It is somewhat unusual, in our opinion, that the political geography textbook includes material on vexillology—the study of the history, symbolism and usage of flags, banners, and colors. Nevertheless, the author believes that this field of knowledge can be considered a subdiscipline of political geography, since it gives an idea about a certain sublimated image of a country (p. 169).

Subsequent sections of the book are more customary for the political geography course. Chapter 5, titled “Properties of State’s Territory,” studies in detail the political and geographical position of a state (PGP) as its key characteristic. The author introduces the term ‘endo-PGP’ to assess the situation of a country in respect to its internal elements and center-periphery interactions in relation to internal zones of tension, conflicts, and political, ethno-religious, sociocultural, and economic divisions (p. 179). A significant role is assigned to the study of a state’s size, based on the works of Russian geographers Isaak Mayergoyz and Andrei Treivish (state size indices), and political scientists Josep Kolomer and Mikhail Ilyin (classification of countries according to the ratio of the size of the state to its function in international relations). It should be noted, however, that the author makes a slight inaccuracy in characterizing the Mercator projection: distortions in it do not become increasingly manifested in the north to south direction but increase the size of the territory on the map as they come closer to the poles, reaching their maximum near them.

Based on his previous works, Okunev attaches much significance to discussing the relationship between physical characteristics of a state and the level of development of its political system, thus taking a historical journey into the works of Plato and Aristotle, Charles Louis de Montesquieu and Jean-Jacques Rousseau, James Madison, and Arend Lijphart, as well as alluding to a work of Robert Dahl and Edward Tufte titled “Size and Democracy.” This chapter clearly demonstrates the possibility of using quantitative methods for assessing the properties of a state’s territory, in particular the size, compactness, elongation, and contiguity indices. The author not only pays attention to traditional factors in political geography, such as access to the sea or island situation, but also dwells in detail on such specific forms of state territory as enclaves and exclaves, pointing out their various types (pp. 194-200), as well as territorial corridors (pp. 200–201).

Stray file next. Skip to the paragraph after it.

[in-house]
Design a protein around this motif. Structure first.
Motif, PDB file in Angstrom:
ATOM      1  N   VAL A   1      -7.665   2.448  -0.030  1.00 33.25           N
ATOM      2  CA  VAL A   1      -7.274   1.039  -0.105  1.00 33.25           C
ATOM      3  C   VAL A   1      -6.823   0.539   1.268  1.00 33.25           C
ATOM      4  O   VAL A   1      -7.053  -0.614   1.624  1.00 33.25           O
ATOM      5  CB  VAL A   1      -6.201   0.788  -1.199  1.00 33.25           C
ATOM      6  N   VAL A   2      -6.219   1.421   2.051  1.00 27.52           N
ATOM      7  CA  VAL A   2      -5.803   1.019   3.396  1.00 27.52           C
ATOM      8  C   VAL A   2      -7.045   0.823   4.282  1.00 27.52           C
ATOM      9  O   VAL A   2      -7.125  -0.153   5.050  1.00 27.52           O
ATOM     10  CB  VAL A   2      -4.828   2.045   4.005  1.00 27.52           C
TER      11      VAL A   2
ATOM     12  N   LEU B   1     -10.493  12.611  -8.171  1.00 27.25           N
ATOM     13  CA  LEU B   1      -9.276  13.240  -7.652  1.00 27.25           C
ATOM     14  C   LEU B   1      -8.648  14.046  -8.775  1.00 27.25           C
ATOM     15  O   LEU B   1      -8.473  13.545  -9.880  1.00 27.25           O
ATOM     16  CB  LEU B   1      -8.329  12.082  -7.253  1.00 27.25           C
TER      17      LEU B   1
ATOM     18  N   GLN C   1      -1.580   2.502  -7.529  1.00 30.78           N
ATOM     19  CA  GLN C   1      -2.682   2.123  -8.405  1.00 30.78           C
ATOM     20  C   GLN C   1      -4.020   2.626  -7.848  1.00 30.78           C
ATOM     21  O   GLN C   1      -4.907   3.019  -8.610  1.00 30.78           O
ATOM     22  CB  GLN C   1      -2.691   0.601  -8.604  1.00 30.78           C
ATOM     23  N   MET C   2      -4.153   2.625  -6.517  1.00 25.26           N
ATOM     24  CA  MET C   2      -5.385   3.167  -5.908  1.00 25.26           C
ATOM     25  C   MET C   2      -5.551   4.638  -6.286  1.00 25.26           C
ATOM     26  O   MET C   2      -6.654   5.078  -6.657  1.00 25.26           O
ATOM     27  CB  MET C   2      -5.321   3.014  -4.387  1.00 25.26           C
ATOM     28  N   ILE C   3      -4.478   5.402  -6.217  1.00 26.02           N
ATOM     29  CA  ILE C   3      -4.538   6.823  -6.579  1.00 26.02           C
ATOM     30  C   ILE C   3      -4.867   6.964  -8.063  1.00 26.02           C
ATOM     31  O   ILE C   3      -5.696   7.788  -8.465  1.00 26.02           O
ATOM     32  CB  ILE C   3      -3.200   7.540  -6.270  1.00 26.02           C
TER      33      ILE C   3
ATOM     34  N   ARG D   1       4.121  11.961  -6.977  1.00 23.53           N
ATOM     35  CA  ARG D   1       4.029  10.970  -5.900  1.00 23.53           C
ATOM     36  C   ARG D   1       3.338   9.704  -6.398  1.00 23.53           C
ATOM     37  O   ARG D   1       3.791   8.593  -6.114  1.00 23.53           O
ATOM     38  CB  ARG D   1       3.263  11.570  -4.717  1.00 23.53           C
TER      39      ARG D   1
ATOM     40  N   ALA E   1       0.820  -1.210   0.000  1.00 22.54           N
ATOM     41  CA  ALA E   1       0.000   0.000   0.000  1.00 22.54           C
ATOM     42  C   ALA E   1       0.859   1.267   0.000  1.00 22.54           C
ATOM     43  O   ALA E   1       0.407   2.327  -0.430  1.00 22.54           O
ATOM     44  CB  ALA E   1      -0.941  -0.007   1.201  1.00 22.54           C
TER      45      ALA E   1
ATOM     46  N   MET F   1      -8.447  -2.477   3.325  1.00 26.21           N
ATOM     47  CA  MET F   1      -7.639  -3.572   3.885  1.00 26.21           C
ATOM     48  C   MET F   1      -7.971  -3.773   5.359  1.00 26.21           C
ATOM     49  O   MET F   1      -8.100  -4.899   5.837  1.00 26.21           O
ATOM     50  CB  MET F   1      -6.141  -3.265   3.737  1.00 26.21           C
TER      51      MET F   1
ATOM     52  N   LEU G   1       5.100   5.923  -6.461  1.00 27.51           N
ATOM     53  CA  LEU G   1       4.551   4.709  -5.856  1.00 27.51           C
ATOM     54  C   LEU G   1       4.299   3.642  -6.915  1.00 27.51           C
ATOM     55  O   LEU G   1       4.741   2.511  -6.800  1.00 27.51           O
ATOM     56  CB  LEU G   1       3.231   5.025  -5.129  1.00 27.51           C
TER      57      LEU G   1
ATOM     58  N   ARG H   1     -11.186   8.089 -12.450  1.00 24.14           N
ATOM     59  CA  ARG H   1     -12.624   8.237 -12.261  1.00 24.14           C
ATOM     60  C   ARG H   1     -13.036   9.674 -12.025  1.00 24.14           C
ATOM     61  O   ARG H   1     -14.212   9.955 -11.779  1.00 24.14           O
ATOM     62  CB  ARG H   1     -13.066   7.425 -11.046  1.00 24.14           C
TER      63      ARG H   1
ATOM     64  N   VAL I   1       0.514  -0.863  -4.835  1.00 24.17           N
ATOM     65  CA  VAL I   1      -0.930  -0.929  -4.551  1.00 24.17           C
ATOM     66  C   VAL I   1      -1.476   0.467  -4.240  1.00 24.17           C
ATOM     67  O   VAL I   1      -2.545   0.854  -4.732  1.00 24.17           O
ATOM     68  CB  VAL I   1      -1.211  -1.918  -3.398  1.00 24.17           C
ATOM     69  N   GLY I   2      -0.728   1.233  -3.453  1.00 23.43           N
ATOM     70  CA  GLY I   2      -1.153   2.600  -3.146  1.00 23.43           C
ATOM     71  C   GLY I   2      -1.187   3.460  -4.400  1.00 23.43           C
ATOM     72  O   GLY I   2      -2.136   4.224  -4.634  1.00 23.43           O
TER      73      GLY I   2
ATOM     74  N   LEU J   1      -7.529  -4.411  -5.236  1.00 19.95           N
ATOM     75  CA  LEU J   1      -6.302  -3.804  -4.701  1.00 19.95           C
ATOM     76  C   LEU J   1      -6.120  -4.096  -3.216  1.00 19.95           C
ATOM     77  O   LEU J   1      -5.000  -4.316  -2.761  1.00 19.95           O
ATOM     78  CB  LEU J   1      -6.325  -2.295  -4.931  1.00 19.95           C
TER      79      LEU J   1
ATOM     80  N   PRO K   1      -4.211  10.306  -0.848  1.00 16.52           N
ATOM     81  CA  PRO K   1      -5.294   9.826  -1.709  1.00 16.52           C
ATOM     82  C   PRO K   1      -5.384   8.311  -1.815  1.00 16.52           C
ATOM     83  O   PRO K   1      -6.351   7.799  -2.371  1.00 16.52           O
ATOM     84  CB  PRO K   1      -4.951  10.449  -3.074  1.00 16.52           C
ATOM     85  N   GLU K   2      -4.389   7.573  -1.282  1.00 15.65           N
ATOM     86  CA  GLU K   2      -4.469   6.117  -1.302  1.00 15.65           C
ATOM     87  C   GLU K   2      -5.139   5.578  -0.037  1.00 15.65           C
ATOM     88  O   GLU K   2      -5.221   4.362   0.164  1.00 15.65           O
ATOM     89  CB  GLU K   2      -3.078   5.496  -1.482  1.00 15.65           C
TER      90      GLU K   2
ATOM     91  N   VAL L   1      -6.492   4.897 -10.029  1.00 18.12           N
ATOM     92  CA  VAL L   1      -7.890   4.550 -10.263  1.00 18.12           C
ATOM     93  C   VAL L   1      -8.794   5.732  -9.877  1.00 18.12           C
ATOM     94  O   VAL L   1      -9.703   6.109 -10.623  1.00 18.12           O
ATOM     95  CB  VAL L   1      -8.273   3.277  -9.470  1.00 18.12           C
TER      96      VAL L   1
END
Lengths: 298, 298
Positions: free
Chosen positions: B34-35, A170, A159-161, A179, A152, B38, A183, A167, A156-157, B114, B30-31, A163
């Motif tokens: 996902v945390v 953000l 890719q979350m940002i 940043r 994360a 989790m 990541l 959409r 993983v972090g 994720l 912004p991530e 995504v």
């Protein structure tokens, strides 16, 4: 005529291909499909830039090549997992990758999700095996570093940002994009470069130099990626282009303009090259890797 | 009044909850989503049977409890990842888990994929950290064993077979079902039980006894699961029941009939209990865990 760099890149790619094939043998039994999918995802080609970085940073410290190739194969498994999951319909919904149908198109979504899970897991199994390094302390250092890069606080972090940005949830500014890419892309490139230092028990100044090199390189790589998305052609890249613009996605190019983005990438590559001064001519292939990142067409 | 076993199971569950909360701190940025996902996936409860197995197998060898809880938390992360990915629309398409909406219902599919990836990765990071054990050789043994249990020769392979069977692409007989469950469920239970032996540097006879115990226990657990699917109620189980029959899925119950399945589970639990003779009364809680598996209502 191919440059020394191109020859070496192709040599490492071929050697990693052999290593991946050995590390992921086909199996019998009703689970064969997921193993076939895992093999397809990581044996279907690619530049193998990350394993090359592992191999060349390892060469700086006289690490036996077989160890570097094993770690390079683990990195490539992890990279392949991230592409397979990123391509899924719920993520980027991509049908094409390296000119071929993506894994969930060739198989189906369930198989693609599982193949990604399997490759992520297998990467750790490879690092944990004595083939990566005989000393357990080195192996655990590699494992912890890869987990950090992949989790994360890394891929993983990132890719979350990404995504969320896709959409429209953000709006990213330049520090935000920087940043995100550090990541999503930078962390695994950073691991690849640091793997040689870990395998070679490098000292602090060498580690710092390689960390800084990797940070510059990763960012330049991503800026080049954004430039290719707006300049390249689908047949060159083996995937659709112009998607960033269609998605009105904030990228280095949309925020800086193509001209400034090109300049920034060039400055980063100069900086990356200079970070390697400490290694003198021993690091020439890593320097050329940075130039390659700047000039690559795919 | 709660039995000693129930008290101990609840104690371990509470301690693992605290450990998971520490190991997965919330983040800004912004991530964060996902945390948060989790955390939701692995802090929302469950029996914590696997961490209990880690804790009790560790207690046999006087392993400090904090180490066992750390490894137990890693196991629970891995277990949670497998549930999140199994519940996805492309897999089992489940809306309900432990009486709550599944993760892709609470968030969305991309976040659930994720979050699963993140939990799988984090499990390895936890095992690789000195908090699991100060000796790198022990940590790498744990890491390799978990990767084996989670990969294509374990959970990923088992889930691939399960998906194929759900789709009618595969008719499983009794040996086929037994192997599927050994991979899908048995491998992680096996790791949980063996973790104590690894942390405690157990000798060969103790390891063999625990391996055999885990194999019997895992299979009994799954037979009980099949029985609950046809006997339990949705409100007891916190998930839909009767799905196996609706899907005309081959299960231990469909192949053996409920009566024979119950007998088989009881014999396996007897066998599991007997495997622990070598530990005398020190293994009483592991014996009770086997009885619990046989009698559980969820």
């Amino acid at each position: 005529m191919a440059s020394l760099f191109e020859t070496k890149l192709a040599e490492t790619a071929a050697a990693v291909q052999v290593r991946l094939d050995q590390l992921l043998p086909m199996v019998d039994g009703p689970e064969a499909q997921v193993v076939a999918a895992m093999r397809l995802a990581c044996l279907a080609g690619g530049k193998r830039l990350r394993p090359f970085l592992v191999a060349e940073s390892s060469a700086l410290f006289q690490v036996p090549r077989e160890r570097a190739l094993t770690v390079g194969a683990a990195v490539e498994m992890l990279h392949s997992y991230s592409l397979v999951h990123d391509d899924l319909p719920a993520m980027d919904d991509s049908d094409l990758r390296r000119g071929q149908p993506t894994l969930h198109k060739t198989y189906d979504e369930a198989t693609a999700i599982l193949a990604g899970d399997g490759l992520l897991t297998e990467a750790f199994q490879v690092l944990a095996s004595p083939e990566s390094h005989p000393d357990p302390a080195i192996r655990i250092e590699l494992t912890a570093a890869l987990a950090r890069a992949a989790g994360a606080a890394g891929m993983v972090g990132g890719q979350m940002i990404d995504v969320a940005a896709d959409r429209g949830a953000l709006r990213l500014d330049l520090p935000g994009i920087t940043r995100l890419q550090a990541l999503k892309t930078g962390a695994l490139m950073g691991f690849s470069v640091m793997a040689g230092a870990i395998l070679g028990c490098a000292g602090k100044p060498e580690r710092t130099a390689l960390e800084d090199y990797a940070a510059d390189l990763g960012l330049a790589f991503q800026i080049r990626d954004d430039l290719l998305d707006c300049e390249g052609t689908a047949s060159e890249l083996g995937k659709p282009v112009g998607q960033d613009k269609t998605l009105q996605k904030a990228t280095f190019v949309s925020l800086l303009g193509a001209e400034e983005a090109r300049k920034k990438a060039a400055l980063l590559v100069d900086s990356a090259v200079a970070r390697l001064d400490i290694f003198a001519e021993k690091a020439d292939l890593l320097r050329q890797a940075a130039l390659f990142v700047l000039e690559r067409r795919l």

Chapter 6 studies the composition of state territory. In addition to land and water spaces, traditional for political geography, the author draws readers’ attention to problems related to airspace and subsoil resources—aerotory and lithotory. Sections analyzing various forms of territorial ownership (leased and occupied territories, extraterritoriality, and a wide range of special territorial zones) and types of territorial changes in states (cession, secession, irredenta, annexation, adjudication, retorsion, reprisals, maritime accretion, regression, transgression) are quite interesting and informative. The only comment regarding this chapter is that by the time the book was out of print, the Convention on the Legal Status of the Caspian Sea had already been adopted, and this fact should by all means be reflected in the section on enclosed seas in subsequent reprints.

Chapter 7 deals with various international territories: high seas, international seabed area, open air and outer space, the Arctic and Antarctica, international straits, sea channels, rivers, and lakes. It also gives a detailed description of buffer zones, free and no man’s land found on the modern political map of the world. This section contains up-to-date political, geographical, and legal information.